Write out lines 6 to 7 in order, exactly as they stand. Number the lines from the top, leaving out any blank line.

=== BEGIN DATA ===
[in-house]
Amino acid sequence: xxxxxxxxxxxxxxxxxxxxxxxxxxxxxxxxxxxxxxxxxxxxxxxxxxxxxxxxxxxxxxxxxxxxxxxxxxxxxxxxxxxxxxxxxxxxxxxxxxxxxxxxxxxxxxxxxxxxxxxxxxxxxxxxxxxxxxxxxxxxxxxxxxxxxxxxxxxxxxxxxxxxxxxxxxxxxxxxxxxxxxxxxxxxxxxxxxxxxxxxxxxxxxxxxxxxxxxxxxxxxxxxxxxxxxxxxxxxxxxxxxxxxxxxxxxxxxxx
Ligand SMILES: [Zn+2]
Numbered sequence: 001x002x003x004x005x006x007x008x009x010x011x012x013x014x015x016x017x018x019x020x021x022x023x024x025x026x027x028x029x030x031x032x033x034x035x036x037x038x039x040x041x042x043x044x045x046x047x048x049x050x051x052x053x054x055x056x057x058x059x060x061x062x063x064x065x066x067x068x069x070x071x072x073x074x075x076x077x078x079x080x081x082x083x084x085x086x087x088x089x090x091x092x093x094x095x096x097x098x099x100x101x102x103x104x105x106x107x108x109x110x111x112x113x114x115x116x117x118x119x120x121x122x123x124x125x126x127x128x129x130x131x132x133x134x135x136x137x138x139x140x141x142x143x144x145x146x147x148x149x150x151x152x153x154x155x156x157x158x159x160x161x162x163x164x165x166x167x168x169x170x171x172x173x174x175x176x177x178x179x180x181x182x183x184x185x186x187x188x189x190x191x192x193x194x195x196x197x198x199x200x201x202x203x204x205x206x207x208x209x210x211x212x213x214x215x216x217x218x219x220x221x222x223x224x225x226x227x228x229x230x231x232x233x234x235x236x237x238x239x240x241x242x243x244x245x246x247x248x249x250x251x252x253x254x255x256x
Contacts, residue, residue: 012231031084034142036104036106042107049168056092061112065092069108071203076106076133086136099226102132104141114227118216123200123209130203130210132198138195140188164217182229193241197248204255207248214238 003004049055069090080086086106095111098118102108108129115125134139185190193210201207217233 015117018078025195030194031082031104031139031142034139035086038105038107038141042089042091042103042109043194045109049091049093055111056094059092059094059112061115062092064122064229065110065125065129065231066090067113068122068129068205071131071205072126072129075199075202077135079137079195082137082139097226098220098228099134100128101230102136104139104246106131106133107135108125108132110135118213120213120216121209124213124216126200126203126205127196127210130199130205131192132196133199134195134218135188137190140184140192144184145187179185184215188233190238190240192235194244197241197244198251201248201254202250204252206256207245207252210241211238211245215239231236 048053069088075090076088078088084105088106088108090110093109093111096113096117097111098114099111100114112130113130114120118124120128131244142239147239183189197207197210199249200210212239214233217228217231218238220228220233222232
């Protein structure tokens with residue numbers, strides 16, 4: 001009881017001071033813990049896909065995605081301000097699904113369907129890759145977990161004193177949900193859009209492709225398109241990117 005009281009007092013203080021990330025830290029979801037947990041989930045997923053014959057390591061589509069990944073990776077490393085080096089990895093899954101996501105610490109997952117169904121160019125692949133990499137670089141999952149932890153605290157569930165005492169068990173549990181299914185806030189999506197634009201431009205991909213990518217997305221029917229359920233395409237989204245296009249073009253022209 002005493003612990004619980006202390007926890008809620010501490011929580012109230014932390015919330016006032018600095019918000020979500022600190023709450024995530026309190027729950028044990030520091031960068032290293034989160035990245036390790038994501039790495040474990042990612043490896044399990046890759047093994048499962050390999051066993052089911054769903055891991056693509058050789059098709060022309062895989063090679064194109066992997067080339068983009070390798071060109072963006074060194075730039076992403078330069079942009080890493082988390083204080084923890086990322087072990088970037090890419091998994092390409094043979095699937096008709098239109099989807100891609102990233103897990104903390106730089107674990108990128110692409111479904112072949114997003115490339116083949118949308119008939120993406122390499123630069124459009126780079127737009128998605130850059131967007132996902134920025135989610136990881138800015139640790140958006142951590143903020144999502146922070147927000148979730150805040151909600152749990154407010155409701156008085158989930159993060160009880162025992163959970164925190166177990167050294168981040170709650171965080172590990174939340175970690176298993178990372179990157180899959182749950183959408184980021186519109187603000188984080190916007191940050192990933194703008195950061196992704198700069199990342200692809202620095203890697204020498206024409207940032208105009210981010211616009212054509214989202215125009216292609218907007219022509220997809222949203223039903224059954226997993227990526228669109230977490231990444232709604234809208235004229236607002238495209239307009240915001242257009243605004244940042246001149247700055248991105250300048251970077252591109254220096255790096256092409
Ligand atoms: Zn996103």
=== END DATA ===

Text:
């Protein structure tokens with residue numbers, strides 16, 4: 001009881017001071033813990049896909065995605081301000097699904113369907129890759145977990161004193177949900193859009209492709225398109241990117 005009281009007092013203080021990330025830290029979801037947990041989930045997923053014959057390591061589509069990944073990776077490393085080096089990895093899954101996501105610490109997952117169904121160019125692949133990499137670089141999952149932890153605290157569930165005492169068990173549990181299914185806030189999506197634009201431009205991909213990518217997305221029917229359920233395409237989204245296009249073009253022209 002005493003612990004619980006202390007926890008809620010501490011929580012109230014932390015919330016006032018600095019918000020979500022600190023709450024995530026309190027729950028044990030520091031960068032290293034989160035990245036390790038994501039790495040474990042990612043490896044399990046890759047093994048499962050390999051066993052089911054769903055891991056693509058050789059098709060022309062895989063090679064194109066992997067080339068983009070390798071060109072963006074060194075730039076992403078330069079942009080890493082988390083204080084923890086990322087072990088970037090890419091998994092390409094043979095699937096008709098239109099989807100891609102990233103897990104903390106730089107674990108990128110692409111479904112072949114997003115490339116083949118949308119008939120993406122390499123630069124459009126780079127737009128998605130850059131967007132996902134920025135989610136990881138800015139640790140958006142951590143903020144999502146922070147927000148979730150805040151909600152749990154407010155409701156008085158989930159993060160009880162025992163959970164925190166177990167050294168981040170709650171965080172590990174939340175970690176298993178990372179990157180899959182749950183959408184980021186519109187603000188984080190916007191940050192990933194703008195950061196992704198700069199990342200692809202620095203890697204020498206024409207940032208105009210981010211616009212054509214989202215125009216292609218907007219022509220997809222949203223039903224059954226997993227990526228669109230977490231990444232709604234809208235004229236607002238495209239307009240915001242257009243605004244940042246001149247700055248991105250300048251970077252591109254220096255790096256092409
Ligand atoms: Zn996103």